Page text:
It's in the genes
The Supreme Court ruled unanimously in favor of nature this week, a decision that should help accelerate the dawning age of genetic medicine.
Human genes are products of nature, the court found, and patents may not be awarded on their exclusive use just because a particular company or researcher happened to isolate one and discover its function.
The decision means that a patent awarded to Myriad Genetics Inc. of Salt Lake City, which has extracted DNA for development of tests used to predict breast and ovarian cancer, will be revoked. One of the tests is known as BRACAnalysis, which Angelina Jolie cited recently in her decision to undergo a double mastectomy because of her high risk of breast cancer.
Myriad is not alone. Patents on human genes have been awarded for about 30 years. But the decision makes sense. Patents should not be awarded on the raw materials of biology any more than they should be awarded on other naturally occurring substances. There are no patents on coal or natural gas, for example, but there are thousands of patents on devices to extract, refine and burn those materials.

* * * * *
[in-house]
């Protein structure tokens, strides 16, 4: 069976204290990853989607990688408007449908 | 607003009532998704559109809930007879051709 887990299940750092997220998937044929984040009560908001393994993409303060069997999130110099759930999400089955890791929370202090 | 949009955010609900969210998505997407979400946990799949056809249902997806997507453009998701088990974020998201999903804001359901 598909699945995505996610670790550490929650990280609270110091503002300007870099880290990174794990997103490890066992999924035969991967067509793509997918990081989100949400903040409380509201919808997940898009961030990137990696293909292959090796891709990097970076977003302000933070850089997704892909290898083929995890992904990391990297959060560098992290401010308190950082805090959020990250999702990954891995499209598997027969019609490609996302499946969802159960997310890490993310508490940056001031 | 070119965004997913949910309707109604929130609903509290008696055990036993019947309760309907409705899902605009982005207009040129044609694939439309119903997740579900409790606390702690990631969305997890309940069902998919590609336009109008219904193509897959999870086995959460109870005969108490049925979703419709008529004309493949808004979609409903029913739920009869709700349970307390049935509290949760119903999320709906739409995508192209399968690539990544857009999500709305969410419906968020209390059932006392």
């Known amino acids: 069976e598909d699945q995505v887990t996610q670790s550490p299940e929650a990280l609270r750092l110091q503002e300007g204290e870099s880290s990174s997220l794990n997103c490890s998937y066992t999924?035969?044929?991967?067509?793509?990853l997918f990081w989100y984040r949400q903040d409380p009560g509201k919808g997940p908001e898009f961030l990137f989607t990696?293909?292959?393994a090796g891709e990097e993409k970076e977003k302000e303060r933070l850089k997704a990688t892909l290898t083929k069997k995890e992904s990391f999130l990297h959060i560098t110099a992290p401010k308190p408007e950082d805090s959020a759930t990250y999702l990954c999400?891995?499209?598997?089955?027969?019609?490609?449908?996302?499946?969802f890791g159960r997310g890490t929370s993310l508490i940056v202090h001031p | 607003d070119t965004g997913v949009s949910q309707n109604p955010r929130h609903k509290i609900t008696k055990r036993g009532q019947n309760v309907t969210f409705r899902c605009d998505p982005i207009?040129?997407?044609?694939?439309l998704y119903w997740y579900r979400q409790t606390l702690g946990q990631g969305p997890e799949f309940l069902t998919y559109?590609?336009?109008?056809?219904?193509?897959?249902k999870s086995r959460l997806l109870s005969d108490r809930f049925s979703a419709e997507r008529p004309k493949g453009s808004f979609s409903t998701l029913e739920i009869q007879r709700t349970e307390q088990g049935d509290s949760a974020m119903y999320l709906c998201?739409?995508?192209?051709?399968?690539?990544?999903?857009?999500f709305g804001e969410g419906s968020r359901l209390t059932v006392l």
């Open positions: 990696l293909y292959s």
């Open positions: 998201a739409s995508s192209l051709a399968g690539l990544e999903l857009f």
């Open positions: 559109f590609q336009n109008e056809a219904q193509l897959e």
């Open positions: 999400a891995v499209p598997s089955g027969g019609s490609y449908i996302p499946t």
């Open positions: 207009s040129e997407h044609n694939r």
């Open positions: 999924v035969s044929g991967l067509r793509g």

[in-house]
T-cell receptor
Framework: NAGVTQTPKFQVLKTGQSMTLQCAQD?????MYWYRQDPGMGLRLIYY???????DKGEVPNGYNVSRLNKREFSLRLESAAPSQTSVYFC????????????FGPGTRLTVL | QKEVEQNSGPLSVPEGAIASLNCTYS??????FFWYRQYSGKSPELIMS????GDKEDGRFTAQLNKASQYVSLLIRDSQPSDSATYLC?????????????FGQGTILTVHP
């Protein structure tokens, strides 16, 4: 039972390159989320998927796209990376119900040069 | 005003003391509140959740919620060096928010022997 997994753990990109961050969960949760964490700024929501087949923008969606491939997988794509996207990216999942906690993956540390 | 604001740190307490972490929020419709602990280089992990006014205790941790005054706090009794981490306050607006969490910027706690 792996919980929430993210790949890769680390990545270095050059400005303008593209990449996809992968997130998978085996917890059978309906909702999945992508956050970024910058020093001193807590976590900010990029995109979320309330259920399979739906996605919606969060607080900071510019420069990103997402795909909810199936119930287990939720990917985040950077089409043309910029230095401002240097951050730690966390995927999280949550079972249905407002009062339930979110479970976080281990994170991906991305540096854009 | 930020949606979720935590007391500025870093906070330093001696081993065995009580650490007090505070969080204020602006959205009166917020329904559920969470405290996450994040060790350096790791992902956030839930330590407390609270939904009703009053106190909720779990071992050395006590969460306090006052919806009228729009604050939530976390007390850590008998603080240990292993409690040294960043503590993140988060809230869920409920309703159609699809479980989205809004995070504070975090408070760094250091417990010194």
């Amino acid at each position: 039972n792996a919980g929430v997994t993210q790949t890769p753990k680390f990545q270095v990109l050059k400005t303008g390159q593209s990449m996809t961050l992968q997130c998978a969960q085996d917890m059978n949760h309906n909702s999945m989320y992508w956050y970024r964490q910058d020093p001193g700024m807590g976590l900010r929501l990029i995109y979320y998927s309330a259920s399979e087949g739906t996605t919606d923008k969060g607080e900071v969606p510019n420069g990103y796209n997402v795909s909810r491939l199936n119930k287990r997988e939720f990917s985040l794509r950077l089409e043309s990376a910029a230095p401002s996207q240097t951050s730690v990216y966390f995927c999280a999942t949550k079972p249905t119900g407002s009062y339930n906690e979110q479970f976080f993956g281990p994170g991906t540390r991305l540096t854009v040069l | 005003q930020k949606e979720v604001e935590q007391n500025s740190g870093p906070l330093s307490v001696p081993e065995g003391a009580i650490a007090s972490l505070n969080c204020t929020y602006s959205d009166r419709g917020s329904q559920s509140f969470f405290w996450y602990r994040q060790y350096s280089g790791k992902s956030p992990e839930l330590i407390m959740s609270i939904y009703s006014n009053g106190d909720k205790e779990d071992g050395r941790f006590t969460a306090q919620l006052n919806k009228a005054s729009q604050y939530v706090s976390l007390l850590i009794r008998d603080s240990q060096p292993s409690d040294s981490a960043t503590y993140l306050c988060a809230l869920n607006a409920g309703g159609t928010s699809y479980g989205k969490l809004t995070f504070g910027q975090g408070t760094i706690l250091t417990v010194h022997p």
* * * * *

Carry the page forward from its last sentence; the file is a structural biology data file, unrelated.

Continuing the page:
Likewise, the court found that patents may be awarded for application of specific treatments derived from the natural DNA, and for creation of synthetic DNA.
The ruling means that many researchers may have open access to genes and DNA without violating patents, thus creating prospects for more life-saving tests and treatments - and more profits from biotechnology.